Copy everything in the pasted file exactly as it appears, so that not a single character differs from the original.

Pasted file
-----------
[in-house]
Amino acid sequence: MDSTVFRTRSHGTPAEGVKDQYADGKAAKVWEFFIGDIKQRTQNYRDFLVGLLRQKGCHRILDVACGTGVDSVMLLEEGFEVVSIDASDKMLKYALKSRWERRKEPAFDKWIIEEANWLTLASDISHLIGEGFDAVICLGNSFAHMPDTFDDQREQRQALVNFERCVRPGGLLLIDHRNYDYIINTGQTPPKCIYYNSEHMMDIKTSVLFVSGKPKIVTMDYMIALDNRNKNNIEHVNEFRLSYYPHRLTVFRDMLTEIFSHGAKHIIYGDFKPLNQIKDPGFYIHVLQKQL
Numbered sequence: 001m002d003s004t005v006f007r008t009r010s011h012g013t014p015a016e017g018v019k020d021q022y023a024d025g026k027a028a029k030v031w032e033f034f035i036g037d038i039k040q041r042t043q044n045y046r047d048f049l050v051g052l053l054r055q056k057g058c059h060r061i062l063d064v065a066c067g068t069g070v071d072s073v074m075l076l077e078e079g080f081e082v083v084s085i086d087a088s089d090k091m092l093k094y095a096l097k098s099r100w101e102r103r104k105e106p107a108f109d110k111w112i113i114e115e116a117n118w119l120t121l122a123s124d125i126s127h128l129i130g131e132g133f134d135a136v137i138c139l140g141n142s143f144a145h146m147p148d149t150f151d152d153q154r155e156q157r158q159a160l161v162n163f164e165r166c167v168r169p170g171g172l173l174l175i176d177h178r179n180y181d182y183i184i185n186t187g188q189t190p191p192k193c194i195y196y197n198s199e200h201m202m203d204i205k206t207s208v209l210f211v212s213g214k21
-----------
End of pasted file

[in-house]
Amino acid sequence: MDSTVFRTRSHGTPAEGVKDQYADGKAAKVWEFFIGDIKQRTQNYRDFLVGLLRQKGCHRILDVACGTGVDSVMLLEEGFEVVSIDASDKMLKYALKSRWERRKEPAFDKWIIEEANWLTLASDISHLIGEGFDAVICLGNSFAHMPDTFDDQREQRQALVNFERCVRPGGLLLIDHRNYDYIINTGQTPPKCIYYNSEHMMDIKTSVLFVSGKPKIVTMDYMIALDNRNKNNIEHVNEFRLSYYPHRLTVFRDMLTEIFSHGAKHIIYGDFKPLNQIKDPGFYIHVLQKQL
Numbered sequence: 001m002d003s004t005v006f007r008t009r010s011h012g013t014p015a016e017g018v019k020d021q022y023a024d025g026k027a028a029k030v031w032e033f034f035i036g037d038i039k040q041r042t043q044n045y046r047d048f049l050v051g052l053l054r055q056k057g058c059h060r061i062l063d064v065a066c067g068t069g070v071d072s073v074m075l076l077e078e079g080f081e082v083v084s085i086d087a088s089d090k091m092l093k094y095a096l097k098s099r100w101e102r103r104k105e106p107a108f109d110k111w112i113i114e115e116a117n118w119l120t121l122a123s124d125i126s127h128l129i130g131e132g133f134d135a136v137i138c139l140g141n142s143f144a145h146m147p148d149t150f151d152d153q154r155e156q157r158q159a160l161v162n163f164e165r166c167v168r169p170g171g172l173l174l175i176d177h178r179n180y181d182y183i184i185n186t187g188q189t190p191p192k193c194i195y196y197n198s199e200h201m202m203d204i205k206t207s208v209l210f211v212s213g214k21